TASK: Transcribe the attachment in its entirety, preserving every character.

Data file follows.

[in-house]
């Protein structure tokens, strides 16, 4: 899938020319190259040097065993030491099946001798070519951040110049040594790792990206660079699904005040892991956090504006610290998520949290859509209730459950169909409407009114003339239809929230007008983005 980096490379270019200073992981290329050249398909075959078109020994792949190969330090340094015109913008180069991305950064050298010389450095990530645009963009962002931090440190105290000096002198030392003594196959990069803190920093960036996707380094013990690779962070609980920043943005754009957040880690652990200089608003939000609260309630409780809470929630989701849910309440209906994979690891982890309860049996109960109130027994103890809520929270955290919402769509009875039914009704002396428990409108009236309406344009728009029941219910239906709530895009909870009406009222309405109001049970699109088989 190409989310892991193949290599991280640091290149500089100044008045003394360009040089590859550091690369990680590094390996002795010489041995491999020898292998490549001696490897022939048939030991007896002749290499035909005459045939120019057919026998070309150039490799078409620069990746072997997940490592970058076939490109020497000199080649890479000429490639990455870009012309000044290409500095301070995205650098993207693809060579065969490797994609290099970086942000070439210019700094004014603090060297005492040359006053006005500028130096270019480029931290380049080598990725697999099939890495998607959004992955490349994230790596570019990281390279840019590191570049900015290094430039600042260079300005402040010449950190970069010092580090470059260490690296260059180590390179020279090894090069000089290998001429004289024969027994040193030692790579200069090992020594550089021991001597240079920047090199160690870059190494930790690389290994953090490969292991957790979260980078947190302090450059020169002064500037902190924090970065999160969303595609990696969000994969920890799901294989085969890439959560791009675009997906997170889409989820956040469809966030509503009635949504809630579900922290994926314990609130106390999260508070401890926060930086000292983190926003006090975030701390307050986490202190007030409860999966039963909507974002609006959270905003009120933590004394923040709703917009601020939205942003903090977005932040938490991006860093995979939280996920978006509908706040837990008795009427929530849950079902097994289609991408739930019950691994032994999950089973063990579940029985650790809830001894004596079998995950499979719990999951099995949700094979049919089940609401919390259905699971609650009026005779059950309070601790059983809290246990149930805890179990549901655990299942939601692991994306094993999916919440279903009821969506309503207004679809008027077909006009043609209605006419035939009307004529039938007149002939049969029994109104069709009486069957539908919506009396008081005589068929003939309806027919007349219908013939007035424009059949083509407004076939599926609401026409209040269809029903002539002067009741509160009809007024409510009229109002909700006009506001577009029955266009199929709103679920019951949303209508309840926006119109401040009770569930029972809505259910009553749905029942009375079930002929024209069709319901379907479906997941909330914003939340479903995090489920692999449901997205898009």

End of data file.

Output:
[in-house]
């Protein structure tokens, strides 16, 4: 899938020319190259040097065993030491099946001798070519951040110049040594790792990206660079699904005040892991956090504006610290998520949290859509209730459950169909409407009114003339239809929230007008983005 980096490379270019200073992981290329050249398909075959078109020994792949190969330090340094015109913008180069991305950064050298010389450095990530645009963009962002931090440190105290000096002198030392003594196959990069803190920093960036996707380094013990690779962070609980920043943005754009957040880690652990200089608003939000609260309630409780809470929630989701849910309440209906994979690891982890309860049996109960109130027994103890809520929270955290919402769509009875039914009704002396428990409108009236309406344009728009029941219910239906709530895009909870009406009222309405109001049970699109088989 190409989310892991193949290599991280640091290149500089100044008045003394360009040089590859550091690369990680590094390996002795010489041995491999020898292998490549001696490897022939048939030991007896002749290499035909005459045939120019057919026998070309150039490799078409620069990746072997997940490592970058076939490109020497000199080649890479000429490639990455870009012309000044290409500095301070995205650098993207693809060579065969490797994609290099970086942000070439210019700094004014603090060297005492040359006053006005500028130096270019480029931290380049080598990725697999099939890495998607959004992955490349994230790596570019990281390279840019590191570049900015290094430039600042260079300005402040010449950190970069010092580090470059260490690296260059180590390179020279090894090069000089290998001429004289024969027994040193030692790579200069090992020594550089021991001597240079920047090199160690870059190494930790690389290994953090490969292991957790979260980078947190302090450059020169002064500037902190924090970065999160969303595609990696969000994969920890799901294989085969890439959560791009675009997906997170889409989820956040469809966030509503009635949504809630579900922290994926314990609130106390999260508070401890926060930086000292983190926003006090975030701390307050986490202190007030409860999966039963909507974002609006959270905003009120933590004394923040709703917009601020939205942003903090977005932040938490991006860093995979939280996920978006509908706040837990008795009427929530849950079902097994289609991408739930019950691994032994999950089973063990579940029985650790809830001894004596079998995950499979719990999951099995949700094979049919089940609401919390259905699971609650009026005779059950309070601790059983809290246990149930805890179990549901655990299942939601692991994306094993999916919440279903009821969506309503207004679809008027077909006009043609209605006419035939009307004529039938007149002939049969029994109104069709009486069957539908919506009396008081005589068929003939309806027919007349219908013939007035424009059949083509407004076939599926609401026409209040269809029903002539002067009741509160009809007024409510009229109002909700006009506001577009029955266009199929709103679920019951949303209508309840926006119109401040009770569930029972809505259910009553749905029942009375079930002929024209069709319901379907479906997941909330914003939340479903995090489920692999449901997205898009």